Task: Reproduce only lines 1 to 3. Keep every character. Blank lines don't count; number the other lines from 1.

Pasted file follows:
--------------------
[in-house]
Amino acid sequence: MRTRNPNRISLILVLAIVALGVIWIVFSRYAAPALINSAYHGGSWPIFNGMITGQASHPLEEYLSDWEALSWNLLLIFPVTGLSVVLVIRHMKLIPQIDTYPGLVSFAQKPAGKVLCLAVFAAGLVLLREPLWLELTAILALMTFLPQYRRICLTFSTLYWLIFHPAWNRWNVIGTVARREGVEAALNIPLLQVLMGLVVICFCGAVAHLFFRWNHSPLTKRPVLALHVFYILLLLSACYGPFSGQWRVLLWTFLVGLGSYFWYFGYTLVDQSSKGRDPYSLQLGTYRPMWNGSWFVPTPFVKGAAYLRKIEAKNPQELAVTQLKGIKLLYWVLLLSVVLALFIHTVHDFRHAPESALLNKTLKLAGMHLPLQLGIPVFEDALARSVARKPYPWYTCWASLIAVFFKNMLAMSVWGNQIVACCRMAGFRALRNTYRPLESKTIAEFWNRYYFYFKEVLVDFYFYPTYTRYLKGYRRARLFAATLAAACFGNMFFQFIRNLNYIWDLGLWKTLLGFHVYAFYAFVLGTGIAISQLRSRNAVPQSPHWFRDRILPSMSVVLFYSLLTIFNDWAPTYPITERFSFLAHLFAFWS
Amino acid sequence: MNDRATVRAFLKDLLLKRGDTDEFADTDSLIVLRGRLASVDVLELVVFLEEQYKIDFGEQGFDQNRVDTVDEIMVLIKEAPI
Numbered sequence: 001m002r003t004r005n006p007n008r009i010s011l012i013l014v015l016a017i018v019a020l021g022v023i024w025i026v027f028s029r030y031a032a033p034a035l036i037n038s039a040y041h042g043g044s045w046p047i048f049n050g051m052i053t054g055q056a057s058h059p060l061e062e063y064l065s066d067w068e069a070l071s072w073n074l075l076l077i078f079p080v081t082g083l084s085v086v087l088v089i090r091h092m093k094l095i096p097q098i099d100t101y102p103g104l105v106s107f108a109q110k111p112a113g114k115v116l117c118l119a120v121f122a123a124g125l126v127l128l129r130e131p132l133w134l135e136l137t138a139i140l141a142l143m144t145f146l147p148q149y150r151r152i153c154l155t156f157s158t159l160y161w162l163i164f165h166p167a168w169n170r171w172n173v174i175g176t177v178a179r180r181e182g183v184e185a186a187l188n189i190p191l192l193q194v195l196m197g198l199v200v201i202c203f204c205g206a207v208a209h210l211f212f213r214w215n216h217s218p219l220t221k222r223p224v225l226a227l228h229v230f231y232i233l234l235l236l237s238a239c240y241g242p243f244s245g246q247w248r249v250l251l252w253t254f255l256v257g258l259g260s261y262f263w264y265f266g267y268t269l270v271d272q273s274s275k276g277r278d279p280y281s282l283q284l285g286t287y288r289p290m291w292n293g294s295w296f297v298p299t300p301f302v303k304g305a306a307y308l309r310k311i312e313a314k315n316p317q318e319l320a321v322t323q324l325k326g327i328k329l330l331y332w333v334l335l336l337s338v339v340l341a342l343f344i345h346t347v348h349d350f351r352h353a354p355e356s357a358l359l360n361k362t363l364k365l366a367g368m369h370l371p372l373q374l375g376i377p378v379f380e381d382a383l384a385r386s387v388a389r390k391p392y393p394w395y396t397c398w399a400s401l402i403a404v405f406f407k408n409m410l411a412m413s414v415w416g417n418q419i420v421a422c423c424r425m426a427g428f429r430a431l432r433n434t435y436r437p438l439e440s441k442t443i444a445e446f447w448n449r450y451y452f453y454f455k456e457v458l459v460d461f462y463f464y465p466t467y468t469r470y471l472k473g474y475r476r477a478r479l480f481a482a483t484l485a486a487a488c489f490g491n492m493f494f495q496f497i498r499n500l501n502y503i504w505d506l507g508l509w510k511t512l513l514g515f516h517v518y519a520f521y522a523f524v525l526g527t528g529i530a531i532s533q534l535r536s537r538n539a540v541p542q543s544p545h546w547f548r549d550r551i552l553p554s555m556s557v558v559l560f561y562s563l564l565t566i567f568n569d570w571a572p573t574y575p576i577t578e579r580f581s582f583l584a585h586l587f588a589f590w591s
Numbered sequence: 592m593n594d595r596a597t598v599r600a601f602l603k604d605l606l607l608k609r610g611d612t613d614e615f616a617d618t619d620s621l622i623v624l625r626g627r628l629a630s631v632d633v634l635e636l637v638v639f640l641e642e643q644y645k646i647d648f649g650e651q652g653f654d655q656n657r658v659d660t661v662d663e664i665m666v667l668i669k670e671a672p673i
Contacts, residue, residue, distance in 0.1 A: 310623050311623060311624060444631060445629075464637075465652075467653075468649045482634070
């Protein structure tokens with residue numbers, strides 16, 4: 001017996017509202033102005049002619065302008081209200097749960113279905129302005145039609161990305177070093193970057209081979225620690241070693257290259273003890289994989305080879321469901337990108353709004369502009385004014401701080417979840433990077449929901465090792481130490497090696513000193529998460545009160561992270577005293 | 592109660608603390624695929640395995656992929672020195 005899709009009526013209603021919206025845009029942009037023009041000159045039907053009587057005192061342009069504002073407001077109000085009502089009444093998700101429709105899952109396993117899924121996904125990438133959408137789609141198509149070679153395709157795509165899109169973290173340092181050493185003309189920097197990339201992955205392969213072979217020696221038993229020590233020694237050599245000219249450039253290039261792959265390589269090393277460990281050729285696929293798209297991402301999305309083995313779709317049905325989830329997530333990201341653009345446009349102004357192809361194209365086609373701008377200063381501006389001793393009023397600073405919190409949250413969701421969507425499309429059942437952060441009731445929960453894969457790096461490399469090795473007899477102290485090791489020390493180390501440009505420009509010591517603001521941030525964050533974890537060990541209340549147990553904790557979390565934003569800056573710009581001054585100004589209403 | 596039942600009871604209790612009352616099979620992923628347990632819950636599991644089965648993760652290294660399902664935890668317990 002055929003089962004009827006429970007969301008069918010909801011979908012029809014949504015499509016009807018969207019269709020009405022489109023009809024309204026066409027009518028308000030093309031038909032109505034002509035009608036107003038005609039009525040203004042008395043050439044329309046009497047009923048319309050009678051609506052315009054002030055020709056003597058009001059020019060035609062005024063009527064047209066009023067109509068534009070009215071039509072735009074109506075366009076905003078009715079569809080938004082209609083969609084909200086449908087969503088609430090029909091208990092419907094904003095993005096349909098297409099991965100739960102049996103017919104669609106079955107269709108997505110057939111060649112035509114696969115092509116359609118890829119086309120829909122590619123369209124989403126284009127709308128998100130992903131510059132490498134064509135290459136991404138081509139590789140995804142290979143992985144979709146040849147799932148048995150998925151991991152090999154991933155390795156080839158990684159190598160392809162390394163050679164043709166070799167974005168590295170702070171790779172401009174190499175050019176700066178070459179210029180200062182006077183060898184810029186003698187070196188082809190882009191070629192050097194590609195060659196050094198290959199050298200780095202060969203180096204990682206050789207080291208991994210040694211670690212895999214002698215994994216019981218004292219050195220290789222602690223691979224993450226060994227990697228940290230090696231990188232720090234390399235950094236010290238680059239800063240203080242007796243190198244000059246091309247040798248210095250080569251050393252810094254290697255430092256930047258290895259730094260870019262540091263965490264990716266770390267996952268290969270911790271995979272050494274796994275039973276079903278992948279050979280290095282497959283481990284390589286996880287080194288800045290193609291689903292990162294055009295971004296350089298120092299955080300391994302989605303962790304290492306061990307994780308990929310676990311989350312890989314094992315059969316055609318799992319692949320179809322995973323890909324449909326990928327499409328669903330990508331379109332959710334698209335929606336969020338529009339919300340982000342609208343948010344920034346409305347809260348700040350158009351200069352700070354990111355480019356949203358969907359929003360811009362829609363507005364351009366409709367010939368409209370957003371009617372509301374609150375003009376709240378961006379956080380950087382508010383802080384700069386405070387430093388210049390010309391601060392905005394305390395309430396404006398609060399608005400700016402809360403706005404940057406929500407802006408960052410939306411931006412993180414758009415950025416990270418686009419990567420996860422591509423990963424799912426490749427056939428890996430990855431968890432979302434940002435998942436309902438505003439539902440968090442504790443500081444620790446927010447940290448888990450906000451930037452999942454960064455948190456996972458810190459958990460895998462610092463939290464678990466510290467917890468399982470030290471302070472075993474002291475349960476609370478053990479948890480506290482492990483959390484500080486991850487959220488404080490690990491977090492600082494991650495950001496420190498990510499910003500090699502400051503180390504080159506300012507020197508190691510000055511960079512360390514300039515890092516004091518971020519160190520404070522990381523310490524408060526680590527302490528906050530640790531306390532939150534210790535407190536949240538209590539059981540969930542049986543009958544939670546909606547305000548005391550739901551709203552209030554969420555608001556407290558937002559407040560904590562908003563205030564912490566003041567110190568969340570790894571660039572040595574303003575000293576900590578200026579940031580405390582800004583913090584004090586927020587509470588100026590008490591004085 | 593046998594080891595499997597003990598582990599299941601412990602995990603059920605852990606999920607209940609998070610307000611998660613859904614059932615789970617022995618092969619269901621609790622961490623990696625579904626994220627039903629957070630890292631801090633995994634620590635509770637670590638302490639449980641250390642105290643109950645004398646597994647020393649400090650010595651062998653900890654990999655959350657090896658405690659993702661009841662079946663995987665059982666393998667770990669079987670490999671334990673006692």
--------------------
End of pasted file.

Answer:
[in-house]
Amino acid sequence: MRTRNPNRISLILVLAIVALGVIWIVFSRYAAPALINSAYHGGSWPIFNGMITGQASHPLEEYLSDWEALSWNLLLIFPVTGLSVVLVIRHMKLIPQIDTYPGLVSFAQKPAGKVLCLAVFAAGLVLLREPLWLELTAILALMTFLPQYRRICLTFSTLYWLIFHPAWNRWNVIGTVARREGVEAALNIPLLQVLMGLVVICFCGAVAHLFFRWNHSPLTKRPVLALHVFYILLLLSACYGPFSGQWRVLLWTFLVGLGSYFWYFGYTLVDQSSKGRDPYSLQLGTYRPMWNGSWFVPTPFVKGAAYLRKIEAKNPQELAVTQLKGIKLLYWVLLLSVVLALFIHTVHDFRHAPESALLNKTLKLAGMHLPLQLGIPVFEDALARSVARKPYPWYTCWASLIAVFFKNMLAMSVWGNQIVACCRMAGFRALRNTYRPLESKTIAEFWNRYYFYFKEVLVDFYFYPTYTRYLKGYRRARLFAATLAAACFGNMFFQFIRNLNYIWDLGLWKTLLGFHVYAFYAFVLGTGIAISQLRSRNAVPQSPHWFRDRILPSMSVVLFYSLLTIFNDWAPTYPITERFSFLAHLFAFWS
Amino acid sequence: MNDRATVRAFLKDLLLKRGDTDEFADTDSLIVLRGRLASVDVLELVVFLEEQYKIDFGEQGFDQNRVDTVDEIMVLIKEAPI